Tuesday, June 25, 2013

The Notorious Benedict Arnold by Steve Sheinkin


The Notorious Benedict Arnold
Sheinkin, Steve.  New York: Roaring Book Press, 2010.  9781596434868

Quantitative Reading Level:  Reading Level 7.3  Lexile 990

Qualitative Reading Analysis:
According to the “Text Complexity: Qualitative Measures Rubric for Informational Text” I would rate this as Middle High.  The purpose of the text is to inform the reader of the life of Benedict Arnold and insights into what made him become the traitor he is infamous for being.  The author in a way goes beyond simply informing and leads the reader into feeling empathy for Arnold and some respect for his feats that are often overlooked.  The book reads like a novel so is lacking in some of the text features.  Every so often the point of view switches from Arnold to John Andre.  In fact the beginning of the book is told from John Andre’s perspective right before he is hung although the reader does not know that until the end of the book.  This switch in point of view is a higher level of organization.  Because it is a historical work some of the language is outdated, specific to that time period, or specific to battles, weapons, and places in the Revolutionary War.  The graphics aid in understanding some of the battles or campaigns.   The reader will do better with the text if he has knowledge of the Revolutionary War.

This book discusses the life of Benedict Arnold from his adventurous youth, to his quest for importance and wealth, through his success and disappointments during the Revolutionary War, and to his failed attempt to end the war with Britain by allowing the British to overtake West Point and capture Washington.  Sheinkin does a good job of revealing the possible motives of Arnold and talking about his accomplishments that are often overlooked in our national disdain.  The author also parallels the story with that of his accomplice John Andre.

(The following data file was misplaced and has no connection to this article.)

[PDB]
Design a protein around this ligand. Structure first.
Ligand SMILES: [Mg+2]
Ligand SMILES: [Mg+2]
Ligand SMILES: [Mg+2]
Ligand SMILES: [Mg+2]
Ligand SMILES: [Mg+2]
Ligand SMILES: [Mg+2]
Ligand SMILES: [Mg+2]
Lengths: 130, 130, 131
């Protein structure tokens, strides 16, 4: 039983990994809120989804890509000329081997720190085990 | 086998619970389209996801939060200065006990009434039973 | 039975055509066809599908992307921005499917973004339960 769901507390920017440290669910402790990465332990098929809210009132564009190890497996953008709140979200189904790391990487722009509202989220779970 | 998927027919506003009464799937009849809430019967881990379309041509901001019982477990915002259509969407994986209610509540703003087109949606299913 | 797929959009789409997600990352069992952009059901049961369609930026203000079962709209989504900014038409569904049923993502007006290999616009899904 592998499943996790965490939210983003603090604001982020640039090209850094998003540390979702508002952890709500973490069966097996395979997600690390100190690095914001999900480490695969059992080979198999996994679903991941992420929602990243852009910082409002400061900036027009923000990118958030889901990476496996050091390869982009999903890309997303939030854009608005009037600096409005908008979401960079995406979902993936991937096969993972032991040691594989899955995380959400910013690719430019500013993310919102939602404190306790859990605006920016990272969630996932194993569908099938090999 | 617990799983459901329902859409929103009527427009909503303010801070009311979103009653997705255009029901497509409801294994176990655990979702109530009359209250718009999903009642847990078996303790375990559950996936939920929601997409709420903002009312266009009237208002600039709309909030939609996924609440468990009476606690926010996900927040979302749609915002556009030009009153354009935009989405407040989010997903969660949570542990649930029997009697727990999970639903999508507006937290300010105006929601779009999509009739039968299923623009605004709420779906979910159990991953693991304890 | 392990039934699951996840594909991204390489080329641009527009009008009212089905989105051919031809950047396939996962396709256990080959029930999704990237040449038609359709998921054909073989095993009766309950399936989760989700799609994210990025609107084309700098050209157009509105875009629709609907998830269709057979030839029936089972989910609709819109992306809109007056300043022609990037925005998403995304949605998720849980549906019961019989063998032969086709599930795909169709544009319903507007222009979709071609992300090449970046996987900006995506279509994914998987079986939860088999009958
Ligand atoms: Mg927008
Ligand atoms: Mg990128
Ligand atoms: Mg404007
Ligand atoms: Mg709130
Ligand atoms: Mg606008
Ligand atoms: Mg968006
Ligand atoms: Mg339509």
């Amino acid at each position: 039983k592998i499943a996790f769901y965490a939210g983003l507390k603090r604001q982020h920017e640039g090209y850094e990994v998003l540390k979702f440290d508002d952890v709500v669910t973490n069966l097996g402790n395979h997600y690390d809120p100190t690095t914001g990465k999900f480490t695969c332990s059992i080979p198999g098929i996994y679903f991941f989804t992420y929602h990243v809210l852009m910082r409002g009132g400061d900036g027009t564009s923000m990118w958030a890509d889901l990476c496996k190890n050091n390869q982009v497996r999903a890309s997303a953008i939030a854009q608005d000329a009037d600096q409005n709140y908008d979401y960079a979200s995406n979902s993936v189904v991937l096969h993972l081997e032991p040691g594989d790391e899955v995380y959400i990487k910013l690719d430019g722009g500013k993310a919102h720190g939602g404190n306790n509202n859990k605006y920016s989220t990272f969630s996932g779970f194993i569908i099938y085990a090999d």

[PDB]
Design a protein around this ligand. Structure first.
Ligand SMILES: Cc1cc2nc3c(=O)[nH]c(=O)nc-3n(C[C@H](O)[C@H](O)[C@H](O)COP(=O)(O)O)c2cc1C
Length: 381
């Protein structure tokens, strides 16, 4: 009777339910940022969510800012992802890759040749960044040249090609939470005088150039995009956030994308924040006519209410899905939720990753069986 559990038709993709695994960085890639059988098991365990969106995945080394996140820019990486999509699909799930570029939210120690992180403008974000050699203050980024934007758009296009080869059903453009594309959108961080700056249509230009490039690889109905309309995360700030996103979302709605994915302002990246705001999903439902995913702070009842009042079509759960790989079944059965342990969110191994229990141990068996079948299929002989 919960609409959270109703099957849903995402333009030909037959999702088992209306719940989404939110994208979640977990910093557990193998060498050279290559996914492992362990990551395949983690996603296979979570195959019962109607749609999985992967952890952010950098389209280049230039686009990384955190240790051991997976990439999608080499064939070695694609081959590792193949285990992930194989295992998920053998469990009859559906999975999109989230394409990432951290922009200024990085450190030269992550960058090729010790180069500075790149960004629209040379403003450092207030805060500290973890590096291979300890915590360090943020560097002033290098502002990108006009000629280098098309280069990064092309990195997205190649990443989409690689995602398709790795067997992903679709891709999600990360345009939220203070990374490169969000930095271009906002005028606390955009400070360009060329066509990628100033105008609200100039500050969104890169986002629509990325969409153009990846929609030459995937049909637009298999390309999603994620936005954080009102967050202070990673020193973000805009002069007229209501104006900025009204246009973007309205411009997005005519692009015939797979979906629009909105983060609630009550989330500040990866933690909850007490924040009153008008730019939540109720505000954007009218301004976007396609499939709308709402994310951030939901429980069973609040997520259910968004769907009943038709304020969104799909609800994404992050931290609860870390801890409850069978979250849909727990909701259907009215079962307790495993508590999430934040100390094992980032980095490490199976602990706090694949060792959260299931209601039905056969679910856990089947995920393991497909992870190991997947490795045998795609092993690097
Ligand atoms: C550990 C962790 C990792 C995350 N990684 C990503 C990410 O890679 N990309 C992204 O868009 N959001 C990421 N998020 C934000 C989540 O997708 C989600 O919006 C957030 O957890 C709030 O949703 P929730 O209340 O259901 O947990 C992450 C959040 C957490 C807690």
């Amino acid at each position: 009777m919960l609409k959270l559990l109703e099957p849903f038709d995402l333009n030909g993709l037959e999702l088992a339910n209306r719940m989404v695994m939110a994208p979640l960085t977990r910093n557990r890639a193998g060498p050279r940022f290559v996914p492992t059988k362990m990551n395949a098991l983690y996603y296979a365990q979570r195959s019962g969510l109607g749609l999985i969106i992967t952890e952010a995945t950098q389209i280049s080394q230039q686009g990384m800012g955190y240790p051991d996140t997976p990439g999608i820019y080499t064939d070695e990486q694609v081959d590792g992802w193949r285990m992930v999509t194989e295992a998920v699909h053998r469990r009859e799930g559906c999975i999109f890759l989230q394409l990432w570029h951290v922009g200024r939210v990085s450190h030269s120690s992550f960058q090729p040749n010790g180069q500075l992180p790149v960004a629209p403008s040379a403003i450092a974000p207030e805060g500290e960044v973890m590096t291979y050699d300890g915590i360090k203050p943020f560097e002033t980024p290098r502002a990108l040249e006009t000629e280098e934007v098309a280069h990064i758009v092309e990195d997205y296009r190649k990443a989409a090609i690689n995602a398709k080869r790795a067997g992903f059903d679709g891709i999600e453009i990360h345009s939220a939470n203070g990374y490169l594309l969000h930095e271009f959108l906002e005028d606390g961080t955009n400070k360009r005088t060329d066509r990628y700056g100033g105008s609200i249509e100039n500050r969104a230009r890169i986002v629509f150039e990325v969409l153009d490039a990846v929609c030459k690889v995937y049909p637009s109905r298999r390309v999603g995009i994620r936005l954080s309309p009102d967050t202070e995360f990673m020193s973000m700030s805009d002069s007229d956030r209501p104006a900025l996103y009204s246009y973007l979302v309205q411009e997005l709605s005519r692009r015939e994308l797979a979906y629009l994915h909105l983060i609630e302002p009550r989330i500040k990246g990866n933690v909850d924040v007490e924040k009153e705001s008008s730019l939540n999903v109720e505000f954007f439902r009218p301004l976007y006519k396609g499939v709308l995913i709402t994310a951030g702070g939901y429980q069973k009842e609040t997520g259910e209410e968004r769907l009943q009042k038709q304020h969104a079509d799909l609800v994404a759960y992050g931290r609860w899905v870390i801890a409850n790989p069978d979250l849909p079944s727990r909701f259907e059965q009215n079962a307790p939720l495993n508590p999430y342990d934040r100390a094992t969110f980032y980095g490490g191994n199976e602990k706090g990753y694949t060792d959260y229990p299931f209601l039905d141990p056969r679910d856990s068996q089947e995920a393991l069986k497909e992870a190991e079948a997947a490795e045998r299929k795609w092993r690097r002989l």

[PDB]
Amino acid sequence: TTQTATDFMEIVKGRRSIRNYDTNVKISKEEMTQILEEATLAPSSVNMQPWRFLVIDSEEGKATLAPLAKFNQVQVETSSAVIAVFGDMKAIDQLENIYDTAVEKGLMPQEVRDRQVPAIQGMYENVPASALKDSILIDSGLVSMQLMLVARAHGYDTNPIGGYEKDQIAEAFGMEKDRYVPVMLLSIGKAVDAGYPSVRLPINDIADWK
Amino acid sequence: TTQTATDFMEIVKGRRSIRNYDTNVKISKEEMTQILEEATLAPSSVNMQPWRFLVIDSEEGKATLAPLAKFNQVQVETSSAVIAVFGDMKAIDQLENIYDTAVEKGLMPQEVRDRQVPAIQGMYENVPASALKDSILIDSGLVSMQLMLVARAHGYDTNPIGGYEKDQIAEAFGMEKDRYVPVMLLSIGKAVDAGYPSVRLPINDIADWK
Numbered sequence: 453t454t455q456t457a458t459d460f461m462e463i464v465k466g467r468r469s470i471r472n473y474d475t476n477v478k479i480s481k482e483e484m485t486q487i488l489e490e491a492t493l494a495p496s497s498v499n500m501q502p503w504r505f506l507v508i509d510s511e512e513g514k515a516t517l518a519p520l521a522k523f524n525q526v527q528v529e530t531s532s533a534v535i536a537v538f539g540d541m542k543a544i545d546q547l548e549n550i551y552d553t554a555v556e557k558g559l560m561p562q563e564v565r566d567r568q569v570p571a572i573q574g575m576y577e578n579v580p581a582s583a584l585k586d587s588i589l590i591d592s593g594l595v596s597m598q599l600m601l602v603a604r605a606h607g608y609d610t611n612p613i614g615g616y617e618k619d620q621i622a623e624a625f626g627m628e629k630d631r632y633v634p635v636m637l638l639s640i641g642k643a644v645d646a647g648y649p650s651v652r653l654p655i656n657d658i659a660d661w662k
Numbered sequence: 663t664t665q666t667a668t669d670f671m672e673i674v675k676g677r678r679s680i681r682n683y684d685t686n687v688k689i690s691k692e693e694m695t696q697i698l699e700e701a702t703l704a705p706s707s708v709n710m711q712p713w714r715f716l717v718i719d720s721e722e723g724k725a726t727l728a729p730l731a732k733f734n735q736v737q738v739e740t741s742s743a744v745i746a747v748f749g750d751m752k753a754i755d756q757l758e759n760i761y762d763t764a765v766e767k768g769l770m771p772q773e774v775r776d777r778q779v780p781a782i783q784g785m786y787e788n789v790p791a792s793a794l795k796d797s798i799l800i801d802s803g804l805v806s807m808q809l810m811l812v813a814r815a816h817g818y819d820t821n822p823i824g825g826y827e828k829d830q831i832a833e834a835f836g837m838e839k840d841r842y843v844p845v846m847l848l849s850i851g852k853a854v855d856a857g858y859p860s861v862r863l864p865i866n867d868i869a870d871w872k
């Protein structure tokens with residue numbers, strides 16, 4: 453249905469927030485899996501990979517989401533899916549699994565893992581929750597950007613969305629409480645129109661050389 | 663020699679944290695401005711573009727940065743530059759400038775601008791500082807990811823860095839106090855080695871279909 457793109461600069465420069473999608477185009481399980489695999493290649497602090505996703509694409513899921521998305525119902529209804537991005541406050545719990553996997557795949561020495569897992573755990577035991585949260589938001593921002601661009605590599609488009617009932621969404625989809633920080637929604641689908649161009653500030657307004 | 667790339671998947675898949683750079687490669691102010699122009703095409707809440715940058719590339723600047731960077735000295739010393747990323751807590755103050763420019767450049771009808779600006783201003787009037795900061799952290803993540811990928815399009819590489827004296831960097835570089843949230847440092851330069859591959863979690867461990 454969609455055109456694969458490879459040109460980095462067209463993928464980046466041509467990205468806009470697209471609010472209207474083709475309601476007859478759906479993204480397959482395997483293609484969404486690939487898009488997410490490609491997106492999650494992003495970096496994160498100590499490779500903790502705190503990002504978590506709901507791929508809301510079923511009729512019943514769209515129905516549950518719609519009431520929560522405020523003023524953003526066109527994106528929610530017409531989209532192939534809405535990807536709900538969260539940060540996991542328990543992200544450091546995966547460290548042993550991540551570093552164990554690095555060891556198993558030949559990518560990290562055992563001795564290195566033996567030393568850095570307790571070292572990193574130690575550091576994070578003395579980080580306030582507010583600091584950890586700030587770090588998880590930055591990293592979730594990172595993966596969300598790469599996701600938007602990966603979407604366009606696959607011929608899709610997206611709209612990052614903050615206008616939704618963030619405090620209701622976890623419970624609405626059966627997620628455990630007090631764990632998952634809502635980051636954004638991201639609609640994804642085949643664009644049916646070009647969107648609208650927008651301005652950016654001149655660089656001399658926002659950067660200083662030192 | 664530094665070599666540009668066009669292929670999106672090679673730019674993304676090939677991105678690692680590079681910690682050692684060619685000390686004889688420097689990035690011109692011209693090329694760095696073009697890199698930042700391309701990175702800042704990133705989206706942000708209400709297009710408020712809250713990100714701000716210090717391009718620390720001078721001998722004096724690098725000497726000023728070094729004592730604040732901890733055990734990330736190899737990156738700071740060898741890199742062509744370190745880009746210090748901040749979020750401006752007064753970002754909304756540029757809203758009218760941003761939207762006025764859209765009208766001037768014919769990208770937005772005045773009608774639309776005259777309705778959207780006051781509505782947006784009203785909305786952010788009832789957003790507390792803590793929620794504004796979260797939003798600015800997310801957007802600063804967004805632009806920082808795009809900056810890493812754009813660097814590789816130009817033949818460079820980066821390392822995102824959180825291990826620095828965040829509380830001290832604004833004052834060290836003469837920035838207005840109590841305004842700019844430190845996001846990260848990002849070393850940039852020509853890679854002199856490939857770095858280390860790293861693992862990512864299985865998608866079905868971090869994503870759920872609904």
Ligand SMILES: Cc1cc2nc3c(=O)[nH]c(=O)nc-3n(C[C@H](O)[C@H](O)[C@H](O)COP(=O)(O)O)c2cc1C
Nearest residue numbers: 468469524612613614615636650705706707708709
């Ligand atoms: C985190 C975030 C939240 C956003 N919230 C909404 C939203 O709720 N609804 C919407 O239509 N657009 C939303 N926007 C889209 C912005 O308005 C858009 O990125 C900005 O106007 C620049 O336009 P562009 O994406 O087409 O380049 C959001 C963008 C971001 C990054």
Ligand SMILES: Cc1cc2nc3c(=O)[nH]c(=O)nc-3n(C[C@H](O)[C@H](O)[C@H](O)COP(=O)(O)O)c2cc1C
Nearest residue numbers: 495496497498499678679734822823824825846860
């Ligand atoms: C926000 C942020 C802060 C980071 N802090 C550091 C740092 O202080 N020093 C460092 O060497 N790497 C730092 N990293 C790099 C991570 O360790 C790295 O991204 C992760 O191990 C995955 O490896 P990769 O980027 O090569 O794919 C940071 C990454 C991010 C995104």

Content Area: Social Studies

Content area standard:
CCSS.ELA-Literacy.RH.9-10.1 Cite specific textual evidence to support analysis of primary and secondary sources, attending to such features as the date and origin of the information.
CCSS.ELA-Literacy.RH.9-10.2 Determine the central ideas or information of a primary or secondary source; provide an accurate summary of how key events or ideas develop over the course of the text.
CCSS.ELA-Literacy.RH.9-10.3 Analyze in detail a series of events described in a text; determine whether earlier events caused later ones or simply preceded them.
CCSS.ELA-Literacy.RH.9-10.4 Determine the meaning of words and phrases as they are used in a text, including vocabulary describing political, social, or economic aspects of history/social science.
CCSS.ELA-Literacy.RH.9-10.5 Analyze how a text uses structure to emphasize key points or advance an explanation or analysis.
CCSS.ELA-Literacy.RH.9-10.6 Compare the point of view of two or more authors for how they treat the same or similar topics, including which details they include and emphasize in their respective accounts.
CCSS.ELA-Literacy.RH.9-10.8 Assess the extent to which the reasoning and evidence in a text support the author’s claims.

Curriculum Suggestions:
During a study of the Revolutionary War students can compare and contrast the treatment/discussion of Benedict Arnold in this book with other biographies, textbooks, articles, and primary sources.

Video of Steve Sheinkin talking about the book and about winning the YALSA Award for Excellence in Nonfiction for Young Adults-Winner 2012

Personal Thoughts:
I found this book to be very interesting.  I was not aware of the many accomplishments of Benedict Arnold before he turned traitor.  The March to Quebec is an unrivaled feat through Maine during the fall and early winter of 1775.  In addition, Arnold’s contributions during the Battle of Valcour Island and the Battle of Saratoga were amazing.  At the very end of the book Sheinkin states “If Arnold had dies from his wounds at the Battle of Saratoga, we would think of him today as one of the all-time great American heroes” (page 306).  He then describes a monument at the site of the Battle of Saratoga that alludes to Arnold’s heroism but does not mention his name.  These references are haunting.  Oh how the mighty have fallen.

Subjects/Themes:  Revolutionary War, Character, Disillusionment, Patriotism, Pride

YALSA Award for Excellence in Nonfiction for Young Adults-Winner 2012

High Interest Annotation:
Benedict Arnold was a traitor.  But what happened before he turned traitor?  What led him to do it?  What happened after?


No comments:

Post a Comment